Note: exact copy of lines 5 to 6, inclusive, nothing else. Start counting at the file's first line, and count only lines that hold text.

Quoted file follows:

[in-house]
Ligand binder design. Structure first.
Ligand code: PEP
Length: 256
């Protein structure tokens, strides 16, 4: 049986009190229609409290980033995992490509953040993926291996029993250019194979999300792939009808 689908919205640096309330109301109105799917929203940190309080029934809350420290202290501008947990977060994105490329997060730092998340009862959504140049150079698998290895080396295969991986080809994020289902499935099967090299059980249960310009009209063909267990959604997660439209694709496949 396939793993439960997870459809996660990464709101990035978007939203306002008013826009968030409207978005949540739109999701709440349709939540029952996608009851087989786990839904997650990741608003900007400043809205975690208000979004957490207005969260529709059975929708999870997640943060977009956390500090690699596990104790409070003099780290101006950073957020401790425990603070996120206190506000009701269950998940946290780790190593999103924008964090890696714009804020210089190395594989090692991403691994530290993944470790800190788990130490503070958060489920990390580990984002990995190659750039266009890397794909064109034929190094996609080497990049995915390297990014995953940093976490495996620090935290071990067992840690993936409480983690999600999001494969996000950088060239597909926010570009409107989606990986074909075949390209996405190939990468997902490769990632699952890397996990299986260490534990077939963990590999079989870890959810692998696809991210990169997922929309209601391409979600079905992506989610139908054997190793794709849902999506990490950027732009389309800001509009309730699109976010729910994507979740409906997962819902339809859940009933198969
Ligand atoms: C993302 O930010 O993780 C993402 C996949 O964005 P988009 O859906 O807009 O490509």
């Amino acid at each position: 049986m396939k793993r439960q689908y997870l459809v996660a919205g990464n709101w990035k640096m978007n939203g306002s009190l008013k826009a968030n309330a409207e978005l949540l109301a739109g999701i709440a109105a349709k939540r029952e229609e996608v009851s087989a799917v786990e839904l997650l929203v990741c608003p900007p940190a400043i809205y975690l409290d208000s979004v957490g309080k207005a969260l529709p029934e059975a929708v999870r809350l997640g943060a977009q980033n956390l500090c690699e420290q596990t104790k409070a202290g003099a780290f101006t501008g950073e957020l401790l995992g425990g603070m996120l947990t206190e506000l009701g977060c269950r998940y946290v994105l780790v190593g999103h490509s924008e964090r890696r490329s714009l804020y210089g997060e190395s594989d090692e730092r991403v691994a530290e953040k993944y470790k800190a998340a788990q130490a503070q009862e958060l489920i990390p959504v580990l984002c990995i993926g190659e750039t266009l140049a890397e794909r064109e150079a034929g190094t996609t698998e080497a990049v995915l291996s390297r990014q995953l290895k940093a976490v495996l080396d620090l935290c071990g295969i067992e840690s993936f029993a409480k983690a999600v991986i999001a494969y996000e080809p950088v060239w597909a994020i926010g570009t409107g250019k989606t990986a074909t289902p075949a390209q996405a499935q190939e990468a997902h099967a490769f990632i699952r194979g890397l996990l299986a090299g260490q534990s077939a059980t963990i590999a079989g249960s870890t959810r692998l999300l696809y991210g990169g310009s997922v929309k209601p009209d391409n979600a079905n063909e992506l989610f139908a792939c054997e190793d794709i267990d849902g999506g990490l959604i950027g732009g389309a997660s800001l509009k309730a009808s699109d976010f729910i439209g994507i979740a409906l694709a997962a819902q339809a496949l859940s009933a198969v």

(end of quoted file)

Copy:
């Protein structure tokens, strides 16, 4: 049986009190229609409290980033995992490509953040993926291996029993250019194979999300792939009808 689908919205640096309330109301109105799917929203940190309080029934809350420290202290501008947990977060994105490329997060730092998340009862959504140049150079698998290895080396295969991986080809994020289902499935099967090299059980249960310009009209063909267990959604997660439209694709496949 396939793993439960997870459809996660990464709101990035978007939203306002008013826009968030409207978005949540739109999701709440349709939540029952996608009851087989786990839904997650990741608003900007400043809205975690208000979004957490207005969260529709059975929708999870997640943060977009956390500090690699596990104790409070003099780290101006950073957020401790425990603070996120206190506000009701269950998940946290780790190593999103924008964090890696714009804020210089190395594989090692991403691994530290993944470790800190788990130490503070958060489920990390580990984002990995190659750039266009890397794909064109034929190094996609080497990049995915390297990014995953940093976490495996620090935290071990067992840690993936409480983690999600999001494969996000950088060239597909926010570009409107989606990986074909075949390209996405190939990468997902490769990632699952890397996990299986260490534990077939963990590999079989870890959810692998696809991210990169997922929309209601391409979600079905992506989610139908054997190793794709849902999506990490950027732009389309800001509009309730699109976010729910994507979740409906997962819902339809859940009933198969
Ligand atoms: C993302 O930010 O993780 C993402 C996949 O964005 P988009 O859906 O807009 O490509």